2013-2017 crop trendsTheodore Roosevelt once said “Do what you can, with what you have, where you are.” That sentiment was echoed in this year’s processing tomato season.

A very wet winter created difficult planting and scheduling conditions, followed by a spring and summer characterized by durations of extreme hot weather. While most Californians were happy with the rain, which eased concerns of drought, growers and producers struggled with adapting to the atypical climate and growing conditions.

California processors topped only 1 million tons processed per week for 2 weeks, as opposed to the previous 5 year average of 1 million tons per week for over 7 weeks. Based on the latest Processing Tomato Advisory Board estimate, growers will average almost 3 tons fewer per acre than the 5 year average of 48.4 tons per acre.

Not only were growers faced with difficult weather conditions, an increasing amount of Fusarium Race 3 Wilt appeared, lowering growers’ yields. There are not yet enough high-quality F3 resistant varieties available; however, seed companies are committed to actively pursuing new F3 resistant varieties to solve this problem.

While many felt that the tomato field yields would be off due to the spring and summer weather, processors as a whole were still optimistic with their August projections that the crop would still be 11.5 mm tons, only 300K tons lower than the original projections of 11.8 mm tons.

The reality of the situation presented itself more prevalently during the middle and latter part of August, with processors recognizing the impact that June and July heatwaves had on crops. Final volumes came in at just under 10.5 million short tons processed. This represents a 17% reduction from the previous year.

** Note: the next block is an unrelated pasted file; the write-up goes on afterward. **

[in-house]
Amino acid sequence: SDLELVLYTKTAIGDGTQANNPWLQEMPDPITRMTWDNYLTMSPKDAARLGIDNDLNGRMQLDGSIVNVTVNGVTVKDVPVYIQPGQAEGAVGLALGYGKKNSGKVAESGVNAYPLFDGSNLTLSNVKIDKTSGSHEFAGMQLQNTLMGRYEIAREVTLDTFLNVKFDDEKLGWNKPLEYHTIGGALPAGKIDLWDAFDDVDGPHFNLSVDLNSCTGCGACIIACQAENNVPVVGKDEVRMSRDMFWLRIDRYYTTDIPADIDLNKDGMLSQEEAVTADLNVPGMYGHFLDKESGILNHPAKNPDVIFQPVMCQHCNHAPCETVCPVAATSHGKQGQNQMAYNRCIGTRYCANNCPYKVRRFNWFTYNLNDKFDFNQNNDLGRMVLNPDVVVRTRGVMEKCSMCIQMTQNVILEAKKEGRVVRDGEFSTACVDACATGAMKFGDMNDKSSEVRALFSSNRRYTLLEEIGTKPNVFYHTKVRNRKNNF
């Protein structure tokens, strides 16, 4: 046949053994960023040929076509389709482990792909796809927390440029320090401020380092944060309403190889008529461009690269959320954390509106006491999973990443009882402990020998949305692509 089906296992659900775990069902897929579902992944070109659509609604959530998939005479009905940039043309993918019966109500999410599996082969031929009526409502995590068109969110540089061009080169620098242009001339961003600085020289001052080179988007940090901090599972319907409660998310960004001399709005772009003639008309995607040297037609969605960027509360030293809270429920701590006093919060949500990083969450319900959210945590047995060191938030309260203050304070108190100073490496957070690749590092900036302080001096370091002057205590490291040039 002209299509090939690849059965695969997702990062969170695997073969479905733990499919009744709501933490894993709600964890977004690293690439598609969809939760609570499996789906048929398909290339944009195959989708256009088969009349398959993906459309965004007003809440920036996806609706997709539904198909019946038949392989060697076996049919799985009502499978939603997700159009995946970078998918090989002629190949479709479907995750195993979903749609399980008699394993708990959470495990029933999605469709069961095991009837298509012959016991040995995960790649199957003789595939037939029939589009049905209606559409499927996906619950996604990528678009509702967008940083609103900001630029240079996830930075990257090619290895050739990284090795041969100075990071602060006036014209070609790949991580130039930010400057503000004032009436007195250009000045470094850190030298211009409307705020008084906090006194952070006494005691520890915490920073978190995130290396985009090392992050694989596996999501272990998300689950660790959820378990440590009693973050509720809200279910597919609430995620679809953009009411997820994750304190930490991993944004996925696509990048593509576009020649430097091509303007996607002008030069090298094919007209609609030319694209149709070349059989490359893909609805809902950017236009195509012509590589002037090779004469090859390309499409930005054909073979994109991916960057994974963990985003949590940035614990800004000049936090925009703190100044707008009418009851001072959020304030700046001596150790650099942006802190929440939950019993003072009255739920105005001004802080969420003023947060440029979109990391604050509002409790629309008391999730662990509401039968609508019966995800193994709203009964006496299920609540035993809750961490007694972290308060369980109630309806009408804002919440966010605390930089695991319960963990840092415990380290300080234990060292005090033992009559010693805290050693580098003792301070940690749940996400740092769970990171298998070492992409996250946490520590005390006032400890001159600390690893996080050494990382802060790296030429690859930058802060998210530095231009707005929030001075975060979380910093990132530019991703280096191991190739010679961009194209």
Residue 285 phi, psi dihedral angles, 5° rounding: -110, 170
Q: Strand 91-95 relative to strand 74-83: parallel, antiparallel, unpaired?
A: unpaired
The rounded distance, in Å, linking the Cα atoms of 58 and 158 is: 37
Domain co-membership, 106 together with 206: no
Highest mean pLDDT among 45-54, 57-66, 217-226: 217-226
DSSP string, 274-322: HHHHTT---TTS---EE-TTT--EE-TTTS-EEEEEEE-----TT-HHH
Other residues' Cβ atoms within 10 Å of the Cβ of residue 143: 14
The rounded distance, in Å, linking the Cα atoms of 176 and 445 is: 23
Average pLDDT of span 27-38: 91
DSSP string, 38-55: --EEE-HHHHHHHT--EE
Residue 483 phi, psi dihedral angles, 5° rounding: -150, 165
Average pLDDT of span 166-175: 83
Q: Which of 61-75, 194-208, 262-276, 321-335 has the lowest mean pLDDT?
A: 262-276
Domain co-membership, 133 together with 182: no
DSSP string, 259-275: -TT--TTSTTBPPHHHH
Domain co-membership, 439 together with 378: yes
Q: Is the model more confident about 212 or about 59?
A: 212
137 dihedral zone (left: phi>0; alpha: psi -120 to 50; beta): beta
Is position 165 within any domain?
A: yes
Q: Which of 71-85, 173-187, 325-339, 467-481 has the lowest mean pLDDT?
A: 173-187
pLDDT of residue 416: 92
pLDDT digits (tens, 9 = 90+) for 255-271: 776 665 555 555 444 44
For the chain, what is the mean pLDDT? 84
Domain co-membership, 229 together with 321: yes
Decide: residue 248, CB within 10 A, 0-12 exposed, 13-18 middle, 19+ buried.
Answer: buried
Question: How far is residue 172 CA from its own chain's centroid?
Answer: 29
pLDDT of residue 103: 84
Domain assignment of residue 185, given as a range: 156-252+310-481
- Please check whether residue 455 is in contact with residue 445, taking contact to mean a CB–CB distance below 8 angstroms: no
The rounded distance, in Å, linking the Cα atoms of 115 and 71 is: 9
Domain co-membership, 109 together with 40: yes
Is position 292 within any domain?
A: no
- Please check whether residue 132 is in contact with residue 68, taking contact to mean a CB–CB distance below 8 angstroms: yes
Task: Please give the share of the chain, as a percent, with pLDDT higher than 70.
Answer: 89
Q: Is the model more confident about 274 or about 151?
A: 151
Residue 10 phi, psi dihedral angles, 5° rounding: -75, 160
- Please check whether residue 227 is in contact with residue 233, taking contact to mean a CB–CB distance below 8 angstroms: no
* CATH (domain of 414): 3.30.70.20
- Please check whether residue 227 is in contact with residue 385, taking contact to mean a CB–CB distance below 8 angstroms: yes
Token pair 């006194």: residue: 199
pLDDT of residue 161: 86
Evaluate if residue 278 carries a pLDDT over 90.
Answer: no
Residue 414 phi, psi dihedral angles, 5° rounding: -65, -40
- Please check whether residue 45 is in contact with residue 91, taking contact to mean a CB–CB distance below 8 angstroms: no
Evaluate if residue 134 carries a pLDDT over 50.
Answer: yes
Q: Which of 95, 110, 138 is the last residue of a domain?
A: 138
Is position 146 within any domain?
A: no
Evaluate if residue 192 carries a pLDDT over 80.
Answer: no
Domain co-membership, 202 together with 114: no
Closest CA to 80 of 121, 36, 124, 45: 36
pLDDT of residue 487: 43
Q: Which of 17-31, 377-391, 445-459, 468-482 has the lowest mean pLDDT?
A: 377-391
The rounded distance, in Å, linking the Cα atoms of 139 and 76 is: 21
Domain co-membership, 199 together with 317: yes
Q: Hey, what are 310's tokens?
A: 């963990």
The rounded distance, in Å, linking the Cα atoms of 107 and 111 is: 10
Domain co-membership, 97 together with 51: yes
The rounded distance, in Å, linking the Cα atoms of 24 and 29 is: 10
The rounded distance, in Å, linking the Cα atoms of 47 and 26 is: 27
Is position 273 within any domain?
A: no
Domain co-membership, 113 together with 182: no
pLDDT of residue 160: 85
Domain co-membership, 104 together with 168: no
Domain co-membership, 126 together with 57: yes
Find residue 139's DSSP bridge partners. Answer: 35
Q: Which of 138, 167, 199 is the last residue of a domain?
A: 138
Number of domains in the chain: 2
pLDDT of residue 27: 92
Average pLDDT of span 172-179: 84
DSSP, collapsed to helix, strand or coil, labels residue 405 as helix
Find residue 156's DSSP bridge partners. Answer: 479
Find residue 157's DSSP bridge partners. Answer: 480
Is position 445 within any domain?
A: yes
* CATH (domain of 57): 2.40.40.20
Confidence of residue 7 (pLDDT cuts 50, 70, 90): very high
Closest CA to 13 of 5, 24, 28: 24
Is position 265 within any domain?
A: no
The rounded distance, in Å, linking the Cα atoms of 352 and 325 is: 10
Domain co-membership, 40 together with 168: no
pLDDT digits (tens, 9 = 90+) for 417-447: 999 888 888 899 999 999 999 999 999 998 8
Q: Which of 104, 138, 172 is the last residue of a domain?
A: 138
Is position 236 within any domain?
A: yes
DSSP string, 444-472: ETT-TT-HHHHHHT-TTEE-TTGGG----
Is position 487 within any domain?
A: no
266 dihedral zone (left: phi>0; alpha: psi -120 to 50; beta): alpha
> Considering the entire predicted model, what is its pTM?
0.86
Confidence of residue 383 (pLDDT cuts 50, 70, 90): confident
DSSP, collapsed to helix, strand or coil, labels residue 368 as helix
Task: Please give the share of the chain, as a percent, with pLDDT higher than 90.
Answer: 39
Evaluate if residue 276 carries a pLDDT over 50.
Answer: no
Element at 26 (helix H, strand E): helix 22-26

Breaking that number down, we can see that this reduction is made up of a 15% decrease in conventional tomatoes and a 42% reduction in organic tomatoes. The decrease in organic tomatoes was a combination of the irregular growing season as well as processor adjustment to demand following the high level of organic tomatoes processed in 2016.

As a result of the wet winter, the reservoirs in California are in better shape than a year ago. The Northern California reservoirs are between 59

to 121% of historical average and 36% to 72% of capacity versus 59% to 99% of historical average and 33% to 59% of capacity a year ago. Work continues on the Oroville Dam spillway to get

it repaired ahead of the rainy season. The central California reservoirs are between 124% to 180% of historical average and 53% to 84% of capacity versus 39% to 108% of historical average and 18% to 65% of capacity a year ago.

Growers are hoping for a normal to wet winter so that they can receive water allocations similar to the 2017 year, when State Water Project growers received 85% allocation and Central Valley Project farmers received 100% of their allocation. These allocations were much higher than the prior year when State Water Project growers received 60% allocation and Central Valley Project farmers received only

a 5% allocation. The need for water storage in California should be even more apparent in a wet year like 2017 when over 48 million acre feet of water have flowed out to the ocean.

2018 looks like it will share similar dynamics as 2017 (when row crops that compare with tomatoes did not experience substantially increased sales prices or demand). Growers continue to convert some farm land from row crops to permanent crops for not only a potential for higher returns but also a reduction in labor requirements.

Mother Nature has surely aided California processors in adjusting the inventory in 2017. With high inventories after the 2015 season, processors are continuing to see contractions in the market. Intentions for 2018 have not yet been discussed, but with inventories still a concern, volumes will likely remain on the conservative side.

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